Actors' Equity on Strike For Developmental Work with Broadway League

Actors' Equity on Strike For Developmental Work with Broadway League

As BroadwayWorld reported yesterday, the Broadway community has been taking a stand with Actors' Equity in the "Not a Lab Rat" campaign, to increase the minimum salary for developmental labs, as well as get profit sharing for lab participants.

Update 5pm: The Broadway League has responded, telling BroadwayWorld that "The Broadway League has been negotiating in good faith over multiple sessions and there are additional proposals to make. We look forward to continuing our respectful dialogue with the union and are confident that we will reach a fair agreement that will be beneficial to both sides."

Actors' Equity and the Broadway League have been disputing the issue, but Equity says they have reached an impasse and are now officially calling for a strike in a new statement:

After nearly two years of unsuccessful attempts to negotiate a new contract to replace the Lab Agreement with the Broadway League, members of Actors' Equity Association have declared a strike calling for a halt to all new show development work with members of the Broadway League.

The Lab Agreement with the Broadway League is a contract used for the development of new productions, often musicals. Weekly salaries on the agreement have been frozen since 2007. The strike was authorized by Equity's National Council and follows media reports that 2018 was Broadway's highest-ever grossing year on record.

With the strike, Equity has placed its Lab Agreement, Workshop Agreement and Staged Reading Contract and Stage Reading guidelines with the Broadway League on its DO NOT WORK list. Any Equity member who is offered work on any developmental agreement, produced by a Broadway League member producer, should contact NotALabRat@ActorsEquity.org

Some Broadway shows - such as Frozen and Mean Girls - already offer to share profits with Equity members who worked to bring their productions to life during development on the Lab Agreement. Despite this, the Broadway League has refused to agree to profit sharing as part of the new contract.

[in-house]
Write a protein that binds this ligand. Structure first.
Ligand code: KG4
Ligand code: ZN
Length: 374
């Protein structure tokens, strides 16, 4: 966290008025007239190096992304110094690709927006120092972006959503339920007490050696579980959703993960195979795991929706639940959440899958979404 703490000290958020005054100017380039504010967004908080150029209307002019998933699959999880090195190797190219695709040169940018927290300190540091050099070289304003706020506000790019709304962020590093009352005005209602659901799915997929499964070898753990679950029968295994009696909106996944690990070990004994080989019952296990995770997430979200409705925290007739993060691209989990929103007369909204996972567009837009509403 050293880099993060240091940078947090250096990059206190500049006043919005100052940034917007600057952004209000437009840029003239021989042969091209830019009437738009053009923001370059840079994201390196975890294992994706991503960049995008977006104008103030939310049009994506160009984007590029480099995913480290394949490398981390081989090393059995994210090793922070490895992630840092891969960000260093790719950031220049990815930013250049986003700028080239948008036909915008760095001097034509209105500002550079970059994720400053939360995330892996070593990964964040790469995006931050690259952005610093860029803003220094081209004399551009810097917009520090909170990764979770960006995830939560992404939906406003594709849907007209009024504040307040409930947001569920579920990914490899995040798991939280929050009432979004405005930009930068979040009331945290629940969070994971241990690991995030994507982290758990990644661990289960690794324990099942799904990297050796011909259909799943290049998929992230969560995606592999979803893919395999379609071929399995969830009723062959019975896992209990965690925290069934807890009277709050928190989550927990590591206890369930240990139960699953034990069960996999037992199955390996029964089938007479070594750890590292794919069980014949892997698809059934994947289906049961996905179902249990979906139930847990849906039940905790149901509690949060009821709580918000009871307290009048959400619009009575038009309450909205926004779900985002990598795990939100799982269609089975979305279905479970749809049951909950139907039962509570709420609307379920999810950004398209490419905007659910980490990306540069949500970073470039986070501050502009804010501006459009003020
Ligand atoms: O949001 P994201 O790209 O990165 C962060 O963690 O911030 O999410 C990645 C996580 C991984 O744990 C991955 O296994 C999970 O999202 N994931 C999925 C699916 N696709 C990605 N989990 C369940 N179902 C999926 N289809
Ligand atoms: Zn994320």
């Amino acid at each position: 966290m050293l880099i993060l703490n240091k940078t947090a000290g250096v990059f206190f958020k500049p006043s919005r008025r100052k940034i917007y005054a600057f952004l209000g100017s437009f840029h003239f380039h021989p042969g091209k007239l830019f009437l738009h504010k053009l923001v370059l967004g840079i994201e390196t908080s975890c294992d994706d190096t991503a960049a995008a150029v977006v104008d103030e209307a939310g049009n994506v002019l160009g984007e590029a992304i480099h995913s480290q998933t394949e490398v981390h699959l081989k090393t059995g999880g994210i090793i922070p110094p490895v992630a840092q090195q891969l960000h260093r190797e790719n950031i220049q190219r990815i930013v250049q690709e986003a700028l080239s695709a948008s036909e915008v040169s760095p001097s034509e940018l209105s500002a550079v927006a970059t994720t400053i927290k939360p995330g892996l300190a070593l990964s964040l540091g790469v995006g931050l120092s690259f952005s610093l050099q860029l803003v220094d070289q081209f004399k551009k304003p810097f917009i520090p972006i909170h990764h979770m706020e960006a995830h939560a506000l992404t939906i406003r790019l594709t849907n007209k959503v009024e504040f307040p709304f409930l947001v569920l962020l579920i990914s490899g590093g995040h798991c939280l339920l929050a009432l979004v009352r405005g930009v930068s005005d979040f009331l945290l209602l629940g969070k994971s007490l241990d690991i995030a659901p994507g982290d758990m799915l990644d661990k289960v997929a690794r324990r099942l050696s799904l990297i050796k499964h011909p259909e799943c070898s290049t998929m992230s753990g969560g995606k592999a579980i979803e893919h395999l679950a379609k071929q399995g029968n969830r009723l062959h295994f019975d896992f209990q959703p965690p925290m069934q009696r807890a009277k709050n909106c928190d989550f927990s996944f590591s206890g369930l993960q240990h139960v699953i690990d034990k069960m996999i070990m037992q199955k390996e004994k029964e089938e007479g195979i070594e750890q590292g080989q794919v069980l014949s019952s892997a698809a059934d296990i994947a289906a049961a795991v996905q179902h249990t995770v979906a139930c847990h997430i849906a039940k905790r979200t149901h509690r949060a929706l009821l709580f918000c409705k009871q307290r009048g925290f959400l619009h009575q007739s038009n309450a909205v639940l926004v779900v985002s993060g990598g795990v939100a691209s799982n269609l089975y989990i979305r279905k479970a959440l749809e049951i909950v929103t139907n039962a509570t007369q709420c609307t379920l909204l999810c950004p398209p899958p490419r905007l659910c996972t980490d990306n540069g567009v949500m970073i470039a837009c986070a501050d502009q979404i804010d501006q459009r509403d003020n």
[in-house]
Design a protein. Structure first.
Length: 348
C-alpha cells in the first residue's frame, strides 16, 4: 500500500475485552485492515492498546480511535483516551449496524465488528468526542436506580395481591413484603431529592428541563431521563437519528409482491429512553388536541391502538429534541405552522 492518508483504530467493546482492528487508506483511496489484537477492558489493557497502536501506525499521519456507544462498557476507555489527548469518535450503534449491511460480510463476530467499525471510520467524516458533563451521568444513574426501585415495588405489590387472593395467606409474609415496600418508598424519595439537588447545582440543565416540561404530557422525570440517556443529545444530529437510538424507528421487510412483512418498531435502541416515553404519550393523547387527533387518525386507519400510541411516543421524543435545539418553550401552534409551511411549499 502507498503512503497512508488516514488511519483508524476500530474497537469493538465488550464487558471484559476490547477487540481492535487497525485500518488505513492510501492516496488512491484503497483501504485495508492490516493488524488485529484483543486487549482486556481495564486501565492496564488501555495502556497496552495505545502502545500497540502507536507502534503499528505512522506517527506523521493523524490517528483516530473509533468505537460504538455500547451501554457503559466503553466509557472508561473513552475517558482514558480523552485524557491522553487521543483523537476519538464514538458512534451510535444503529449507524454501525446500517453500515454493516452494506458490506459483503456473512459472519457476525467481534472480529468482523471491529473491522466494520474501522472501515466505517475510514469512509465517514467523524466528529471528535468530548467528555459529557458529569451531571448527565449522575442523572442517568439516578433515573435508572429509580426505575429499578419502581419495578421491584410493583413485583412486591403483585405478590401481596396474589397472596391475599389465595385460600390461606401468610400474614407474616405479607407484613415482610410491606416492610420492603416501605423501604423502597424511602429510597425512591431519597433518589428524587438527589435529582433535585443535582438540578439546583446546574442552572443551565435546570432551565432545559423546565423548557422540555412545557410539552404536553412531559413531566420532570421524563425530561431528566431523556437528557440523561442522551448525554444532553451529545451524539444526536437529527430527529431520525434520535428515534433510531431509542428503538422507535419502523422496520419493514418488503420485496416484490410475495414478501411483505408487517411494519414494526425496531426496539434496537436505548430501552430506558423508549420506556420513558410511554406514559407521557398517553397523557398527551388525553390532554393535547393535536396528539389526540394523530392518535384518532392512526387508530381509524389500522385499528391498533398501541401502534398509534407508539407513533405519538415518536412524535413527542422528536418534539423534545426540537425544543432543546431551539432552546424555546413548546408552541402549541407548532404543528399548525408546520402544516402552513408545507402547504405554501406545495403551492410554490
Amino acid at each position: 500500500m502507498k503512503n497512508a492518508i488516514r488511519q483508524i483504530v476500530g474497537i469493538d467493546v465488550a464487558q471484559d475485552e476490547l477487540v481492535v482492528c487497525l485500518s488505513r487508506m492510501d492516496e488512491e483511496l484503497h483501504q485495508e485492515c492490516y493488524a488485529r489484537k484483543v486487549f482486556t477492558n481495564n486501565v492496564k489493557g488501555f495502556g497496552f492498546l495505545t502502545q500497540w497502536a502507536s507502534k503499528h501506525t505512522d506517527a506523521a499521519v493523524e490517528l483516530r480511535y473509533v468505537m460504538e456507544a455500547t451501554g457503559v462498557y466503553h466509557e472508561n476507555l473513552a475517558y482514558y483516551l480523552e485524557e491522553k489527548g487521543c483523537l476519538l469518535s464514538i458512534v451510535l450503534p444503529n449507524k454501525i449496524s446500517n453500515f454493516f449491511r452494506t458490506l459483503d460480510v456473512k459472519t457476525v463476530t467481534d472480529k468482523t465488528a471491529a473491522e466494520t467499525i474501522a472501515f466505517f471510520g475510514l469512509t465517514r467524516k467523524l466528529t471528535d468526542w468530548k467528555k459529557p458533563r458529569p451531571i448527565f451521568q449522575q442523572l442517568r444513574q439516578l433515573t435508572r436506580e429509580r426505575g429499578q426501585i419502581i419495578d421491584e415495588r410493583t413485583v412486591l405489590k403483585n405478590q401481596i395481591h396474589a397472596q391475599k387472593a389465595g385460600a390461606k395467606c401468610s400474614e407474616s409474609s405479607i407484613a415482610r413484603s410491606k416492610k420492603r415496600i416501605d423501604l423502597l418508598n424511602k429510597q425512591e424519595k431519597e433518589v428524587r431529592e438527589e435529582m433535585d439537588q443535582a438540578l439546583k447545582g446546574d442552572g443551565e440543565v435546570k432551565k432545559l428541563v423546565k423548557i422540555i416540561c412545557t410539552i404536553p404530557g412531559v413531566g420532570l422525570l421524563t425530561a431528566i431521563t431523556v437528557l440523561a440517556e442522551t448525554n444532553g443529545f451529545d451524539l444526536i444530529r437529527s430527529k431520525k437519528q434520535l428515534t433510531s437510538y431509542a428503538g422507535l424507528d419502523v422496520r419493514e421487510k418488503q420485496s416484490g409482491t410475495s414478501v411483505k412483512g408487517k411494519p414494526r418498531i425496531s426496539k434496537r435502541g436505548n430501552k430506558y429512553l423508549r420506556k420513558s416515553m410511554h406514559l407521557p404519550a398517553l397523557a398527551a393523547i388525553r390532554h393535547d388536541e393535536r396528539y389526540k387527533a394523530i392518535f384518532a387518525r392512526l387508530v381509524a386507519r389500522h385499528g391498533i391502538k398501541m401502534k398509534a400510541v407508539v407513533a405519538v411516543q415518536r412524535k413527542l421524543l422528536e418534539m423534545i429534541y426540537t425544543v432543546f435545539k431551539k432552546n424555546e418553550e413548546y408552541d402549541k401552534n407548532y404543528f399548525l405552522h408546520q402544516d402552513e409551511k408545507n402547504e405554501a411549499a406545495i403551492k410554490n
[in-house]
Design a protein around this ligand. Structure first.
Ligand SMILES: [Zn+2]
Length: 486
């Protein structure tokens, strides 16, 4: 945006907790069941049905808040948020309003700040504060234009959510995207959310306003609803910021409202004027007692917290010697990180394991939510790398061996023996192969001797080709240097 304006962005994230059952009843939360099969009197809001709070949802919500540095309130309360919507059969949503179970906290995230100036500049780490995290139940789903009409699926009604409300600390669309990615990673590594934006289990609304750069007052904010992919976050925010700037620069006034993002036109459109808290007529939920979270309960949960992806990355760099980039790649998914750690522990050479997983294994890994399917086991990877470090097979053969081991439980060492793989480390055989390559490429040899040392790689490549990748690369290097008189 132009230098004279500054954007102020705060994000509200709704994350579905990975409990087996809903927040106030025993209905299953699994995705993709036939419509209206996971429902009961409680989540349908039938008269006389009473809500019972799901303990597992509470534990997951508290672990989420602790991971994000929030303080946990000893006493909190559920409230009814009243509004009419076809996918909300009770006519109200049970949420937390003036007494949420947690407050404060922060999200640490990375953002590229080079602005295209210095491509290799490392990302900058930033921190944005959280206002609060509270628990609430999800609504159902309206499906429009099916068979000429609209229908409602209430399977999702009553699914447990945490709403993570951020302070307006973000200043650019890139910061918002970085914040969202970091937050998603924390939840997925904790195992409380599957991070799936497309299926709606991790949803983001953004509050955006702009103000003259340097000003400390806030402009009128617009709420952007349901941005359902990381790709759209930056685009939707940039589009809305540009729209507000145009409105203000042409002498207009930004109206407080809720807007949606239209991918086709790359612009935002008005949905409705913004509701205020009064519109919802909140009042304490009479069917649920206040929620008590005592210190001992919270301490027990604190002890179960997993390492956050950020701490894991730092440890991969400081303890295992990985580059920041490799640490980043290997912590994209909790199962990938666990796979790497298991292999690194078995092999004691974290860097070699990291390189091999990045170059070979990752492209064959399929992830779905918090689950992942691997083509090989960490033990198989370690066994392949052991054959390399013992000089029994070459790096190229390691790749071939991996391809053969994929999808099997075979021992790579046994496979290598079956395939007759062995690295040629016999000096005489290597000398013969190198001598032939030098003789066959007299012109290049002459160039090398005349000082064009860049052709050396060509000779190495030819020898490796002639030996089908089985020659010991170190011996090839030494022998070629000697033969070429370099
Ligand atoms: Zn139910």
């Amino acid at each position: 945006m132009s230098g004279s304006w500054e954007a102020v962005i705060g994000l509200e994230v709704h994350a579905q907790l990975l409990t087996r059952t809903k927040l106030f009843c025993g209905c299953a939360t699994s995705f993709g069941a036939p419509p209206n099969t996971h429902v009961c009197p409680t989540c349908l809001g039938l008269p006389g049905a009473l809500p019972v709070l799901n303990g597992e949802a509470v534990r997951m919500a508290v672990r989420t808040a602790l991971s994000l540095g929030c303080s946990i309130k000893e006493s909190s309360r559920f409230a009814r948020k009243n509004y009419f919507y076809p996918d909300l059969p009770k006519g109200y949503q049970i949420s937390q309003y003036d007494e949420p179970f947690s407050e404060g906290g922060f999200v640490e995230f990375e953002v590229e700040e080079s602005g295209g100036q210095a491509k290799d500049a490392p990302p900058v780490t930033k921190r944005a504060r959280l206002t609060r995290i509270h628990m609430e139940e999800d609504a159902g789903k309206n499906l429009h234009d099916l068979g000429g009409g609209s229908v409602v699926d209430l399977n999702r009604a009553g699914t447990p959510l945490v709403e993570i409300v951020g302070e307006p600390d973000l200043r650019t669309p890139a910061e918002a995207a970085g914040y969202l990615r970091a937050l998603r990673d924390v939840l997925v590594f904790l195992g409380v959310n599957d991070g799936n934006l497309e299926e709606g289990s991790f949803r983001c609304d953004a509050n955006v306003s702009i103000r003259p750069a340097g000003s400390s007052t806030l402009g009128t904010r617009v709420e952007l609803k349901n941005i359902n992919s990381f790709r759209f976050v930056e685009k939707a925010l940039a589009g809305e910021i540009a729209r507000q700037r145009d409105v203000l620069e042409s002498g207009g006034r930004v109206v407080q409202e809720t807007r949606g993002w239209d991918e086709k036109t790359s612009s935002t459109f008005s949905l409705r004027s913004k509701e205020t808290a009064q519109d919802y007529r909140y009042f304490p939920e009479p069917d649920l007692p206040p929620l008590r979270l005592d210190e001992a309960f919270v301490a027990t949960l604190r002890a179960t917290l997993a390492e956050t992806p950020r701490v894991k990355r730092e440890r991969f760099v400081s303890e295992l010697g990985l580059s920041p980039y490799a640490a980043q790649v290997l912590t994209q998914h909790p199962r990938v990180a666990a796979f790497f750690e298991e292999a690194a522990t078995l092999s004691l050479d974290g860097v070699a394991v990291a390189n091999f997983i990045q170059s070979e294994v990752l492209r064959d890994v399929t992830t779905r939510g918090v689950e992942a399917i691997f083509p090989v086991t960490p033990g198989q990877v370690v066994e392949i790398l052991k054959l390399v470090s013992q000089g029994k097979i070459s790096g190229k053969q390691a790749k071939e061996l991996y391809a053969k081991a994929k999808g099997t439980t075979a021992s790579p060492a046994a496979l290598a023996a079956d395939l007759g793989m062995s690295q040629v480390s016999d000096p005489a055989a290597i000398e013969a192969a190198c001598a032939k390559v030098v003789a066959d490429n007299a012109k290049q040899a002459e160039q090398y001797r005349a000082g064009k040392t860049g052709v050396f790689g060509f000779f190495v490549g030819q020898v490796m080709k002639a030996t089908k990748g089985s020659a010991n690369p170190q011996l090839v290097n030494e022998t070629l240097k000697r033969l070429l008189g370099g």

"It's unconscionable that Equity members who go to work developing some of the biggest hits on Broadway have gone more than a decade without a raise, especially when we regularly read about many of those same shows smashing box office records and generating billions of dollars in revenue," said Kate Shindle, President of Actors' Equity Association.

"An unprecedented number of Equity members have already volunteered to support our campaign for a better Lab agreement," said Mary McColl, Executive Director of Actors' Equity Association. "We will continue our fight to make sure that Equity members can share in the success when a show becomes a hit and recoups."

Equity's Lab Agreement is a key part of how commercial theatre - mostly musicals - are developed. One in four Broadway shows have used a Lab Agreement before opening on Broadway. The Lab Agreement has been used 75 times since 2016. 51 percent of those Labs went on to further production.

Equity launched its #NotALabRat campaign in November, kicking off its largest member mobilization effort in years. More than 2,000 Equity members - most of them actively working in Broadway shows - have signed commitment cards to support their union. Equity members have volunteered and made more than 9,000 calls to their fellow members to support the campaign.

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